Starvation and extinction are no match for awesome costumes! Nice name too.
This is a good opening issue setting up all the players and conveying to the reader what is at stake. Unfortunately that’s all it is. Marvel should have put together one of those free quick intro comics to introduce the premise and characters as there isn’t a whole lot of action. There’s a neat little fight between Daredevil and Prophet, and the reveal shows the next issue might be worth picking up, but as far as Elseworlds stories go this leaves a lot to be desired.
Daredevil pulls off the Spidey split with ease.
I like the set up and the characters involved, and taking away two mutants powers and seeing how they learn how to fight without powers is an interesting angle. But this story should be brining more to the table.
Budget: $3.02-$0.00 = $3.02
The Manhattan Projects #1 (Image)
Jonathan Hickman has been hit or miss over the years. I loved his work on Fantastic Four until about halfway through where his stories became bland. Secret Warriors started out great too, until it crumpled under its own weight with the impossible reveal of the hydra controlling every facet of everything ever. Now brings this new big concept project similar to FF with the science and Secret Warriors with the big ideas. The idea is simple. What if the Manhattan Project wasn’t just making nuclear bombs but playing around with alternate dimensions and super crazy science fiction technology?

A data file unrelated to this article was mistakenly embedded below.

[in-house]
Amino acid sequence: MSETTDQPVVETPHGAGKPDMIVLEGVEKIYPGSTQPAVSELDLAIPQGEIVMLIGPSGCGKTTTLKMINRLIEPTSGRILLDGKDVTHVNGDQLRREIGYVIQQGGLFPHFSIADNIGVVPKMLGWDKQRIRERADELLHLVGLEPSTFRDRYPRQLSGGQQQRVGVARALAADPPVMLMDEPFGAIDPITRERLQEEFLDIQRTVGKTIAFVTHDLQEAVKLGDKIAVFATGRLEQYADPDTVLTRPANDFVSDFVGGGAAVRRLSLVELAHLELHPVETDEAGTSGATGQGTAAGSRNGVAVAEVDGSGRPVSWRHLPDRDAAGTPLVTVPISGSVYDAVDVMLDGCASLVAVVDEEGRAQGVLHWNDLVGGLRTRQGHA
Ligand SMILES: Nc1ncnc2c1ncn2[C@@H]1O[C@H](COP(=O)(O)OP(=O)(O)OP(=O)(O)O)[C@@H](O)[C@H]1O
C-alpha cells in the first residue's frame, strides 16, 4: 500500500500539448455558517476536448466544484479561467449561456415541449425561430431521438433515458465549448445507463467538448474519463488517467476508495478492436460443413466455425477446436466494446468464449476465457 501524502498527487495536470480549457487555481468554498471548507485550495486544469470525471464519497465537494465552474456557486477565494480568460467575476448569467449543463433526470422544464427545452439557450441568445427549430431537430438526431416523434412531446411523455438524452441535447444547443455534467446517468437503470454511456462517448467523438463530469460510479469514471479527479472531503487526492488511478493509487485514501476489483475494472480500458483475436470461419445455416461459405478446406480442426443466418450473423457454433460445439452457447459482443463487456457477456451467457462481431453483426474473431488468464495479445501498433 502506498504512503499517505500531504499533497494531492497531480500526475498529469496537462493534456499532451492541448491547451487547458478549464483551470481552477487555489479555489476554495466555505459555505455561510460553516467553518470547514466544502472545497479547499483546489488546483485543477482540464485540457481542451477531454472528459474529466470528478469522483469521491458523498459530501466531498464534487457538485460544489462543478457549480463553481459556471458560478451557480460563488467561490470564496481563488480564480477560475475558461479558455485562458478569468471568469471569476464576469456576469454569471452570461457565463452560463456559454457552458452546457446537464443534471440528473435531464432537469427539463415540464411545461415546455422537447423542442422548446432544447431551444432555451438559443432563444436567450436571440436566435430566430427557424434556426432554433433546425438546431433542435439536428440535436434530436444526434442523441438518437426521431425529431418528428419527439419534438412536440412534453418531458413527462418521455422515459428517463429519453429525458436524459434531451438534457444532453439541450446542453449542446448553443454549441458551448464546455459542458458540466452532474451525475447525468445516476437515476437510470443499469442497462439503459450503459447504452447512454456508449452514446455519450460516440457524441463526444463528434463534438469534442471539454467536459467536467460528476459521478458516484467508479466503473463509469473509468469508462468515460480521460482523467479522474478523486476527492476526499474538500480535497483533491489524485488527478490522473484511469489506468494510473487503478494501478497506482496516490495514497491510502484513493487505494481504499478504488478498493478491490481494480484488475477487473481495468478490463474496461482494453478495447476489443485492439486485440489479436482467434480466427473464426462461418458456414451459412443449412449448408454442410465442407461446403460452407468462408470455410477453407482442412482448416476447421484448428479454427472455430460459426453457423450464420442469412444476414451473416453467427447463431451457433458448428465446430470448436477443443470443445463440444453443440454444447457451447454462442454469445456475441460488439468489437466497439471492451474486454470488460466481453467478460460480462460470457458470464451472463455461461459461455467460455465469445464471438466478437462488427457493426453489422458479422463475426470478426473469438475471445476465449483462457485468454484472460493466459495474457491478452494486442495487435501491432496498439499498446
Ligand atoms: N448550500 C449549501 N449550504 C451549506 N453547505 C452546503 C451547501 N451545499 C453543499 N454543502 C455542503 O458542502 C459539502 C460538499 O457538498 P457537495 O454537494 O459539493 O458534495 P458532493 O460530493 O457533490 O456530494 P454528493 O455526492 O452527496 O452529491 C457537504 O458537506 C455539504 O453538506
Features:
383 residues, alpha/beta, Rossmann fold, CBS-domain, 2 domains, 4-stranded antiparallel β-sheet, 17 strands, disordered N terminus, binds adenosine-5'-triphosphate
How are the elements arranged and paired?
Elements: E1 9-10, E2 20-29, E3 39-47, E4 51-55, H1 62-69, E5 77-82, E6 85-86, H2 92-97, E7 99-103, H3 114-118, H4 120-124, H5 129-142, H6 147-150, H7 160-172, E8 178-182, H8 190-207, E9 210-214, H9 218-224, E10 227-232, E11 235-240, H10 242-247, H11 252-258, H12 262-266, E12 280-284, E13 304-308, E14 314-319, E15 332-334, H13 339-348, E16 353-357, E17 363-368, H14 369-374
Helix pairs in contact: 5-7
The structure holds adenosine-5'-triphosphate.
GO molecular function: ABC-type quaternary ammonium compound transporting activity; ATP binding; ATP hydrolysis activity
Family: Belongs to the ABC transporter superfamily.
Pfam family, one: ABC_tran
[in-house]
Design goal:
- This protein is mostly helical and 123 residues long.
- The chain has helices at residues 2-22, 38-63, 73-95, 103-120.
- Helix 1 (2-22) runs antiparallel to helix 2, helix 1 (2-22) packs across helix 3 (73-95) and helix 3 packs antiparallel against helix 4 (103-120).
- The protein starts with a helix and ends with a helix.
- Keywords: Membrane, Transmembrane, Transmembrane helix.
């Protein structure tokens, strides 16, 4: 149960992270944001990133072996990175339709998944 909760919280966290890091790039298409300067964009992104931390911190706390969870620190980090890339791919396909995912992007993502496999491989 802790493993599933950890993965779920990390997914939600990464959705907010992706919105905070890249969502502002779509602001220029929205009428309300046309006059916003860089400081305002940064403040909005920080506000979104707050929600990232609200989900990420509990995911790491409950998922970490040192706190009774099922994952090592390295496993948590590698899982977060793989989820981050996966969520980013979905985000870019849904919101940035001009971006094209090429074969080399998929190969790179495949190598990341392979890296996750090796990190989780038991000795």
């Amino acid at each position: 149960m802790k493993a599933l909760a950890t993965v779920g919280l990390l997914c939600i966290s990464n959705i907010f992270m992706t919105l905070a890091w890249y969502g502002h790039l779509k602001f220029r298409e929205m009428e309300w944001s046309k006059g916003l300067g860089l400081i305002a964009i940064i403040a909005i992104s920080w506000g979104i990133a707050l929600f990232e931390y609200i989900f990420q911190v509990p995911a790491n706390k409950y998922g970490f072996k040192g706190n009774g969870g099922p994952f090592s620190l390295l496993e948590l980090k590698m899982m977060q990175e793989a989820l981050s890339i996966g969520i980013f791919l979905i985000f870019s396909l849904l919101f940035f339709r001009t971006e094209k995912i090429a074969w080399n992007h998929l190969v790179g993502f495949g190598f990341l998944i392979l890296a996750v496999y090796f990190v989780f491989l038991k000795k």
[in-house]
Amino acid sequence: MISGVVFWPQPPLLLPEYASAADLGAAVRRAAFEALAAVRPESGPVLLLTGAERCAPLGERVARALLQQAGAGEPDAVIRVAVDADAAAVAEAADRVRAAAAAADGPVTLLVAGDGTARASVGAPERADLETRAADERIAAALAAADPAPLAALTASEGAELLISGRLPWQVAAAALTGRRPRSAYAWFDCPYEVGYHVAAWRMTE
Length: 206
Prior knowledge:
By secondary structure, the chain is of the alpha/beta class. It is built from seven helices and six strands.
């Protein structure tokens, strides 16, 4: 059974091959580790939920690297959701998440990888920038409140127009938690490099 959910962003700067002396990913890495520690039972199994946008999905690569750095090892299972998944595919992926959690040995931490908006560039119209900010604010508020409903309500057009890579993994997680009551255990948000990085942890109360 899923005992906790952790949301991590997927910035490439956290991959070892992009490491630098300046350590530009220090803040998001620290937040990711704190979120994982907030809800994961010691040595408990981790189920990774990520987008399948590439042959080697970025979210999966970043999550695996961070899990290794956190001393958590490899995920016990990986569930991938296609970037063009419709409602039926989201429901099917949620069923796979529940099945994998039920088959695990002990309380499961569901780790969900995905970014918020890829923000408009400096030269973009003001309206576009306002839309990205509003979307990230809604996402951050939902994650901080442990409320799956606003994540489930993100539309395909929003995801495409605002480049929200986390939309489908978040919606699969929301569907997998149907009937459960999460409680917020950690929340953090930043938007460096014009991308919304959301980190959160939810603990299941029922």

What secret science operation isn’t complete without a prisoner Einstein starring at a monolith all day?
What sets this apart from any other plot involving a science operation in secret is our protagonist has a evil psychotic twin brother. Their duality is expressed in the backstory for the character and will clearly be a lingering story element as the story moves forward. The book is clearly dealing with issues people were dealing with during the Cold War. For instance, who are those that control the big red button and what if those people were evil? Of course there’s a ton of science fiction fun to be had, including a Buddhist attack from the Japanese through a portal delivering Samurai robots.
Bong! It might as well say “bing-bong-ching-chong.” Sheesh.
Hickman is also playing with history as we learn after the Japanese’ successful attack of Pearl Harbor Japan is ramping up more attacks including a “sentient origami incident.” The protaganist replies, “paper cuts are no way for a man to meet his maker.”
“Samurai Robot hordes only dishonor Japan when they use guns. Clearly they are using arrows and axes so it’s okay.” Sun Tzu said. Yes I know he was Chinese.
The art is very reminiscent of Frank Miller’s Hard Boiled, with very intricate details littering peoples faces and architecture. It suits the book nicely as it enhances the look of seemingly simple technology and gives a sickening look to everything. Definitely a good thing considering the subject matter contains technology and a twin who likes to eat his prey to absorb their souls. This book might end up on a lot of pull lists.
Budget: $3.02-$2.99 = $.03
Money well spent, but boy was it a rough week. Amazing Spiderman #681 continued the space story from last week and continued to bore, Villains for Hire #4 was a mess of double crosses and explanations, Venom #14 finally ended the drawn out hell in Vegas storyline and Animal Man #7 was an episode straight out of Family Matters. Next week looks pretty good though, as the conclusion to Jonathan Hickman’s Fantastic Four three-year story hits as well as a new Conan the Barbarian #2 and some choice DC books.